2. OK – whilst we’re all admitting to what we didn’t know – I’m with you on the ones you mentioned, Silvanus, and would add the toothless chap, the warlock and the item of church furniture to the list. I also suspect there’ll be another one in 46d – can’t parse it for the life of me!

      1. Hi Jane,

        Yes, 46d is on my list to check up on tomorrow! It’s ironic that Giovanni used it yesterday too. I remember trying to find a satisfactory clue for it in one of my puzzles ages ago, but gave up and have made a mental note to try to avoid it in the future! Well done to both Giovanni and Prolixic for not shirking the challenge.

  7. The third member of our team, a certain Mr Google, had to work very hard over a long period of time to eventually get us across the line. Such cleverness and such fun and very satisfying to work through.
    Thanks Prolixic.

  8. :phew: This is difficult but I’m giving myself an excuse by saying that I’m deliberately saving it up for tomorrow.
    Strange how a very big crossword i.e. 21 x21 instead of the usual 15 x 15 looks so daunting. It’ll be fine . . . . or not!!
    Thanks in advance to Prolixic, Mr Google and CS?

  9. Many thanks for the well-illustrated review, CS, and – yes – I was another who didn’t realise 62a could apply to a young boy!

    No wonder I couldn’t parse 46d – that type of clue invariably fools me. Is it referred to as a subtractive anagram, I keep forgetting.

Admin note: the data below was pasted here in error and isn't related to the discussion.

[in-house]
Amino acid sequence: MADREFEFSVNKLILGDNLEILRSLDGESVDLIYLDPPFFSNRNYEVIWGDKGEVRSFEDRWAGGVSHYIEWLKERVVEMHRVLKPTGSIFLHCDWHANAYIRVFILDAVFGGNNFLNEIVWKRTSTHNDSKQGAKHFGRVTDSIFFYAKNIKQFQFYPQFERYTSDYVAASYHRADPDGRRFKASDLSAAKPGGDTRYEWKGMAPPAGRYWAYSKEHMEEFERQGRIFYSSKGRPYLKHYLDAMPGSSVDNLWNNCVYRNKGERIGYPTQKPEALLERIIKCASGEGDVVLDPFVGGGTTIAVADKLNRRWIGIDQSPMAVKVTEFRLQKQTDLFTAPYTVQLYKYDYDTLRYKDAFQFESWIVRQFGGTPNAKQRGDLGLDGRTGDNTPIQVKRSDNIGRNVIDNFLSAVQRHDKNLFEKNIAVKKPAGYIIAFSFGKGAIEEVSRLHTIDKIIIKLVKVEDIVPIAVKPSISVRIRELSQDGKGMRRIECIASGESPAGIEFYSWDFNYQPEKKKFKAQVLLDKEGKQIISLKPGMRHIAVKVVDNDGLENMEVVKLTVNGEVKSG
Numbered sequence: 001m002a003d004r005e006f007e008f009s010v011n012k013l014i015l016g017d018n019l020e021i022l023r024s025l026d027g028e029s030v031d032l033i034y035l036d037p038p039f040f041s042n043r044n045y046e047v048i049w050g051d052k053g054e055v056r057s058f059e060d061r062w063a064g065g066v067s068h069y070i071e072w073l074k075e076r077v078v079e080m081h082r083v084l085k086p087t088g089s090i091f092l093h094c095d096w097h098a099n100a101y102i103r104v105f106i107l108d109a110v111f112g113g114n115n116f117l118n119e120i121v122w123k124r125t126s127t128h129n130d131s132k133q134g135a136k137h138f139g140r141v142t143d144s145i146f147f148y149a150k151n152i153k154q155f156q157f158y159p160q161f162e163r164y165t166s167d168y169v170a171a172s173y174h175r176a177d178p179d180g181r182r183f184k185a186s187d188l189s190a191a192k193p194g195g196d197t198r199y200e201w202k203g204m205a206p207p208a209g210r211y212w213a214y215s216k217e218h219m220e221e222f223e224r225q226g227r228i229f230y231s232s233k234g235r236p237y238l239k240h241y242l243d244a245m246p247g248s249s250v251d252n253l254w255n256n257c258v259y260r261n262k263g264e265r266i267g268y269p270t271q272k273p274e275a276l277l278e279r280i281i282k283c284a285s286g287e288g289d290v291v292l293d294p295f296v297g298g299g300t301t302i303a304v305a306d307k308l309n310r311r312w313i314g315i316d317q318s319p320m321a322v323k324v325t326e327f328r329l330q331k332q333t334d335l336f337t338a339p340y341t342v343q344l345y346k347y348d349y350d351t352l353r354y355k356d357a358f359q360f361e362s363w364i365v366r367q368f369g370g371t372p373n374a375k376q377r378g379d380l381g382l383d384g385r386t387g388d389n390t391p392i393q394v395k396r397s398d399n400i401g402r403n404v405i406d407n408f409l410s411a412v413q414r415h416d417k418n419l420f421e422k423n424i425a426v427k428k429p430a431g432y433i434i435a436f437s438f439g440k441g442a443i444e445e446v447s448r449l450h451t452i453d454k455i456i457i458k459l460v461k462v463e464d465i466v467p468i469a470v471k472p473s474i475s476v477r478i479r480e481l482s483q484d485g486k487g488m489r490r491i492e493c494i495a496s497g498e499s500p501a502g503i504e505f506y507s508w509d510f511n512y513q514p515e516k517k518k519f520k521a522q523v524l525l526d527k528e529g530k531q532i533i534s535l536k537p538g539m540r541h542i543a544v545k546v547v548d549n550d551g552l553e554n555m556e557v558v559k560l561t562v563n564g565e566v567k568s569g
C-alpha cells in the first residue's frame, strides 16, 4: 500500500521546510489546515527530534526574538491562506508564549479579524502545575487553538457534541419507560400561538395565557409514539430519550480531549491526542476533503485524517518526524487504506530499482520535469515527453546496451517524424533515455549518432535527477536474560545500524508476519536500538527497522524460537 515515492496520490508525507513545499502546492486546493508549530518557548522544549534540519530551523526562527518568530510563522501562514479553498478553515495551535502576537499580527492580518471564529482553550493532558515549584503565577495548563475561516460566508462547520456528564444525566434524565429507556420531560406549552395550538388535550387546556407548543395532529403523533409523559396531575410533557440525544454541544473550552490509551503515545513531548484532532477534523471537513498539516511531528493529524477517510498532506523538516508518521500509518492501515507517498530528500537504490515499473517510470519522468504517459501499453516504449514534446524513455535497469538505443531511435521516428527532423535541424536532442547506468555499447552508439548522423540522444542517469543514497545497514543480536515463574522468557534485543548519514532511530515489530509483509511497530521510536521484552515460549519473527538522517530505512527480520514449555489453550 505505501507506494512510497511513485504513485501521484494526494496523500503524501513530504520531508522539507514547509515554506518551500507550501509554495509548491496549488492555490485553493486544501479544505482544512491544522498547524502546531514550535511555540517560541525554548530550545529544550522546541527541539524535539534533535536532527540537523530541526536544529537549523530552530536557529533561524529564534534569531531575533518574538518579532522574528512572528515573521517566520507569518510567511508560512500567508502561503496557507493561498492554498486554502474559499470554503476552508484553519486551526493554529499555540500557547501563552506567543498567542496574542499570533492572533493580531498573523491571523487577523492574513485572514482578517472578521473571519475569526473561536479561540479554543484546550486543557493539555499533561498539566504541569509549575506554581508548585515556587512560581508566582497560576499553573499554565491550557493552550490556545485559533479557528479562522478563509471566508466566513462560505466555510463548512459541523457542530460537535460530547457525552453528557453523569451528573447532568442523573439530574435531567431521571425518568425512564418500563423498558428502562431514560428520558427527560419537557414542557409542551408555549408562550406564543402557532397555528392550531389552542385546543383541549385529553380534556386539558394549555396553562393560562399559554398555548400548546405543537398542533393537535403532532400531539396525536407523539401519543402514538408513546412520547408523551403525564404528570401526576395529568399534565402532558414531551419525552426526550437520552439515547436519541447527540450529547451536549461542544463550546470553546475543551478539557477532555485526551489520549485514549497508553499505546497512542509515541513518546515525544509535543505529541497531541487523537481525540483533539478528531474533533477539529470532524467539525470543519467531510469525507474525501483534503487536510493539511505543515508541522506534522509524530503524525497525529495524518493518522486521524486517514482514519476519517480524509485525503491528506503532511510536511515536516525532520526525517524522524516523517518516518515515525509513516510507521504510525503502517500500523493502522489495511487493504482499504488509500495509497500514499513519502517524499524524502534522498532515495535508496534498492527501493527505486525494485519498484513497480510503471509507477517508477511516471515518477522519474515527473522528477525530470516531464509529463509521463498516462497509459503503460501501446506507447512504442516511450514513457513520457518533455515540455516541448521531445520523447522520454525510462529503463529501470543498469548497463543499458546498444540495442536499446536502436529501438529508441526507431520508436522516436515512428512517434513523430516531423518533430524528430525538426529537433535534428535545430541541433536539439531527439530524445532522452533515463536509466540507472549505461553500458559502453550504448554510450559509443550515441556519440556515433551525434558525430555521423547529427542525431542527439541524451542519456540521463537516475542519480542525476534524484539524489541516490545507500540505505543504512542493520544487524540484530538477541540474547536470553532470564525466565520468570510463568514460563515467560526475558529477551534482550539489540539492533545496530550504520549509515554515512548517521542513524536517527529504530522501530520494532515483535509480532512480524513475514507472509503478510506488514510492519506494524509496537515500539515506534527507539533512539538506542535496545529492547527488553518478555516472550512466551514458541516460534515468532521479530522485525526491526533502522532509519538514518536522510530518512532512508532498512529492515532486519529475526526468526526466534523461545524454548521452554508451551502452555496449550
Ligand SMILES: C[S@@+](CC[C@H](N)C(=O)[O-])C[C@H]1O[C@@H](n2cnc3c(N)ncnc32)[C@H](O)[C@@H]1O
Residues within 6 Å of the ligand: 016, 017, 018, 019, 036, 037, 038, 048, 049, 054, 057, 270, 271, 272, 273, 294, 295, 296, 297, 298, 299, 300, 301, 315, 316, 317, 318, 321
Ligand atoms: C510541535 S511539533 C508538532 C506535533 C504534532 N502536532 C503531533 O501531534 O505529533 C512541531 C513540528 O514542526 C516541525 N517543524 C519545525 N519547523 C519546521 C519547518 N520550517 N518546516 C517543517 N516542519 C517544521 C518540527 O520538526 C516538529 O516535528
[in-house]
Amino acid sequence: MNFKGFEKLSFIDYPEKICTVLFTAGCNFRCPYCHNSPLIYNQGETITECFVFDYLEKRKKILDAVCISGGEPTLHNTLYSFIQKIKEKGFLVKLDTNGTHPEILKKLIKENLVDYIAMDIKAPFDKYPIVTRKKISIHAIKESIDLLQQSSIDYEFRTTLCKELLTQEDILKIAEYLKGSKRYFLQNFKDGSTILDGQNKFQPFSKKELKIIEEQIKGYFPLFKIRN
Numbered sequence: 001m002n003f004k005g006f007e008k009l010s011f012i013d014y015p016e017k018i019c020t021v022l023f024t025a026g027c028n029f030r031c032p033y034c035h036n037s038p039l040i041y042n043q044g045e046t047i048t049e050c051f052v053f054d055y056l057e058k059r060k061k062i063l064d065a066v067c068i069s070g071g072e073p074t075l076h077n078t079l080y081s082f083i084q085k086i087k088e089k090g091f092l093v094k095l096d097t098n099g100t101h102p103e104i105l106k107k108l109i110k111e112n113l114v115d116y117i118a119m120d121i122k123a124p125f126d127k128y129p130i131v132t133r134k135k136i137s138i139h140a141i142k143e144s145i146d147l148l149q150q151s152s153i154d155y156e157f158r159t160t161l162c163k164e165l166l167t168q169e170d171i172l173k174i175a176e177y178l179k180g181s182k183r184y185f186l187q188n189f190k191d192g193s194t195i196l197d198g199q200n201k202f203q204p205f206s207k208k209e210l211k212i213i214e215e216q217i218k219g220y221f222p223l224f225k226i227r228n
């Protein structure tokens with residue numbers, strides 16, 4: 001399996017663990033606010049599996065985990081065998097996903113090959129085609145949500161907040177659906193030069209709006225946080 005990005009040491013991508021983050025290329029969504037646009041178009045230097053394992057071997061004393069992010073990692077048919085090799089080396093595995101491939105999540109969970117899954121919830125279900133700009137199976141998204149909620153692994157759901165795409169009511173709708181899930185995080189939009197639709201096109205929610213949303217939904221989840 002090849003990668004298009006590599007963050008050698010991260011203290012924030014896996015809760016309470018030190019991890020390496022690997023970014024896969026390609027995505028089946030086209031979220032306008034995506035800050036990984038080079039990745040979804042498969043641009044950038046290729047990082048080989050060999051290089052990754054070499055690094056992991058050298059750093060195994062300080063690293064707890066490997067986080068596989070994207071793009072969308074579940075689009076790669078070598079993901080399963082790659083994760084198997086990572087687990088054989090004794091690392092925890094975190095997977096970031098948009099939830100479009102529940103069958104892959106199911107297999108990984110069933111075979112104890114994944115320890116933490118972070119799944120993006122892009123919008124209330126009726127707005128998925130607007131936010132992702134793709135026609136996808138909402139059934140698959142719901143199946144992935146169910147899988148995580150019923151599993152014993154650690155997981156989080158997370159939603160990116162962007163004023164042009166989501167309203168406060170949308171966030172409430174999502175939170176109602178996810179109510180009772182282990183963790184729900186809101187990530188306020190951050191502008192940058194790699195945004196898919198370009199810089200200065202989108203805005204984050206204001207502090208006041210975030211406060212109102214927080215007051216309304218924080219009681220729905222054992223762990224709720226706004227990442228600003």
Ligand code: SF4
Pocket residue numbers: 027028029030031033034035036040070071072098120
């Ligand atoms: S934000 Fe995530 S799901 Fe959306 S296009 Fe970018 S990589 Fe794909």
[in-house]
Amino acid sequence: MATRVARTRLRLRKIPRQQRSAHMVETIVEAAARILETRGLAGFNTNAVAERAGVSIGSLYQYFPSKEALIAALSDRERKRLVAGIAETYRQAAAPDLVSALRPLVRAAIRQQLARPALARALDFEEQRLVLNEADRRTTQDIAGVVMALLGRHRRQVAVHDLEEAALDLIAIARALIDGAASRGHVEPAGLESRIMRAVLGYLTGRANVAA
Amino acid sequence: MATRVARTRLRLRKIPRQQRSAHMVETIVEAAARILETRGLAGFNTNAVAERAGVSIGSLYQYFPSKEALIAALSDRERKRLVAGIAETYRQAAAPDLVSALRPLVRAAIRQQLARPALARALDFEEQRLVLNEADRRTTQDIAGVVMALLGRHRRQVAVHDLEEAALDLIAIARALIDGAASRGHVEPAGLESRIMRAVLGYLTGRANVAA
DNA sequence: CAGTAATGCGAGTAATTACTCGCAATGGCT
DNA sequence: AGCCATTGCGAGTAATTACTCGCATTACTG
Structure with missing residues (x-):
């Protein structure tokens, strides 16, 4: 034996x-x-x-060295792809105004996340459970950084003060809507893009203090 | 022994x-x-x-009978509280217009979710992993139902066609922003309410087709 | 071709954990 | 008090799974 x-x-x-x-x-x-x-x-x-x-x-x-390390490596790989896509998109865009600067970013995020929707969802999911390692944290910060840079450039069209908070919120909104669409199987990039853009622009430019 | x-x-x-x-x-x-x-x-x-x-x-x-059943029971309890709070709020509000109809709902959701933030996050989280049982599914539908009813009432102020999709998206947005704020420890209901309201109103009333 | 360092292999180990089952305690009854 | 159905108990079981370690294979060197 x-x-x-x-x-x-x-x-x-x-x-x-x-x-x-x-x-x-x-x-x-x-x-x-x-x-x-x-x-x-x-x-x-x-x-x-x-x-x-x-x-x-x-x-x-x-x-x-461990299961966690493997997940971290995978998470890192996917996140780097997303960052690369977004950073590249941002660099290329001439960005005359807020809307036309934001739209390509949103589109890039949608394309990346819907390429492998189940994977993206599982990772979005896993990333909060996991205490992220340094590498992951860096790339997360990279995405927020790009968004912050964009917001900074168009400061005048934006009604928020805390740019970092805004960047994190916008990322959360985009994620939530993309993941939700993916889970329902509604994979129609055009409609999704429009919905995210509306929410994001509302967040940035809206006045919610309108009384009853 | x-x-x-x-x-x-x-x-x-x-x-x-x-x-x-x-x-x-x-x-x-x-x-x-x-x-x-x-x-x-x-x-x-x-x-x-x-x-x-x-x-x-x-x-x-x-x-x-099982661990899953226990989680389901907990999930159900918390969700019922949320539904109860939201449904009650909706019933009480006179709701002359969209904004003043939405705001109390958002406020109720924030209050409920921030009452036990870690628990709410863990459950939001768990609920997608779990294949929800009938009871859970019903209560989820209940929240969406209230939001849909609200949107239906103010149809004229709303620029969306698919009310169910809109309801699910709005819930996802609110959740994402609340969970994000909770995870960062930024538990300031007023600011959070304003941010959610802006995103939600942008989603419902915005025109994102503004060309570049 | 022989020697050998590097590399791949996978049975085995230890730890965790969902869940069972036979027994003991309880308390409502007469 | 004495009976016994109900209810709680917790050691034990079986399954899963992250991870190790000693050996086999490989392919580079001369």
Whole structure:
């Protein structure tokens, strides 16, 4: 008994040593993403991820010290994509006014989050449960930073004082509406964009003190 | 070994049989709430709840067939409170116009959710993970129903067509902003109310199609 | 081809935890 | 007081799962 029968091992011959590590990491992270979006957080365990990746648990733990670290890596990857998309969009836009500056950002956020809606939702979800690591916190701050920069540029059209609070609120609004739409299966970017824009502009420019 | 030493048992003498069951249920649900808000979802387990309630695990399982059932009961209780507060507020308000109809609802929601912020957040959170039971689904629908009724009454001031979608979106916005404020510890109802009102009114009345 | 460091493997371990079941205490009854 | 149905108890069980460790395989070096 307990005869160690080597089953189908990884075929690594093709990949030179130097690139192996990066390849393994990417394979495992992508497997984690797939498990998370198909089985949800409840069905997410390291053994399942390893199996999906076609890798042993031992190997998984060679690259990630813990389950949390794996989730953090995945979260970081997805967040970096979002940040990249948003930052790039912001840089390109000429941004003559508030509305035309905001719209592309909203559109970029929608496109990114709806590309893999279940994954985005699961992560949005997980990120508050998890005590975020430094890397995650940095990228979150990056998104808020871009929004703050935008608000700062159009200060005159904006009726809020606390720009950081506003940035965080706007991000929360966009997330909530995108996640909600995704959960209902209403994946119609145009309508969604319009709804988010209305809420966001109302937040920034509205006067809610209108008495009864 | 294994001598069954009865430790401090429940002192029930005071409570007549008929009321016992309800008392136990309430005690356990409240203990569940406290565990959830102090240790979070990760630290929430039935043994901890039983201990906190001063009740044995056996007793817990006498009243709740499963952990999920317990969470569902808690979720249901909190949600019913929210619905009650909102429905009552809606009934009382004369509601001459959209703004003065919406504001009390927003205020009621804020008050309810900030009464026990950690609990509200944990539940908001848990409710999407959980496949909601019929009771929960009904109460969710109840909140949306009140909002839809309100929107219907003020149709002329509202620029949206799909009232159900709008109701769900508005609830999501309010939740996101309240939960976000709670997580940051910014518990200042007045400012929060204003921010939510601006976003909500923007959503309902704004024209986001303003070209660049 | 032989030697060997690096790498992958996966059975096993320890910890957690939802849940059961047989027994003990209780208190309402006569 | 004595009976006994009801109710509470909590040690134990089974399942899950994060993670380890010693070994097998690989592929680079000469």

Thanks again to Prolixic as well – I wonder how long it took you to compile that one?

  10. Under normal circumstances I find a Prolixic puzzle just a fraction beyond my ability level. Added to this, and looking at the photos in CS’s review, I only recognized a handful of the famous people, and of those I recognized, I could only name two. Then, add to that the bigger grid . . . . . . In the end I got the top half (I did have to cheat on 8d – I don’t think I had met the Tories in question) and ground to a halt by being unable to untangle the small group attached to 40d. There were several clues I was disappointed with myself not to have solved (46d for instance – I had the right answer penciled in but I did not recognize the (very clever) word play). I am not sure I know the context where ‘s’ is the abbreviation for ‘special’ (41d). There were other things I had not heard of (the ox cut, the Chinese units, the Japanese imperial residence, etc). I did enjoy this, but on balance felt disappointed in not being able to enjoy it a little more completely. Many thanks to CS and Prolixic.

  11. Very seasonally appropriate. Great clueing as usual by Prolixic, but not so great solving by me: I must admit to taking many shortcuts to get to the end.

    Thanks Prolixic — especially for including TS — and thanks to CS.

  12. Thanks Prolixic for the crossword and thanks CS for all the sorting out.
    I didn’t finish it but nearly did and Mr Google has been doing overtime.
    Thanks again for the work not to mention the time that must have gone into this great production.

  13. Thanks to all for the comments and to Crypticsue for the review. I set this over the course of a few evenings in early December and, having sent it to Big Dave, saw in the news that another handful of well known personalities had died. Therefore Keith Chegwin did not make an appearance in the crossword. When Dave told me that Tom Pride (Tstrummer) had died, I looked again at the grid and, with changes to three or four clues, was able to add his name to the roll call.

    Wishing everyone the happiest and healthiest New Year.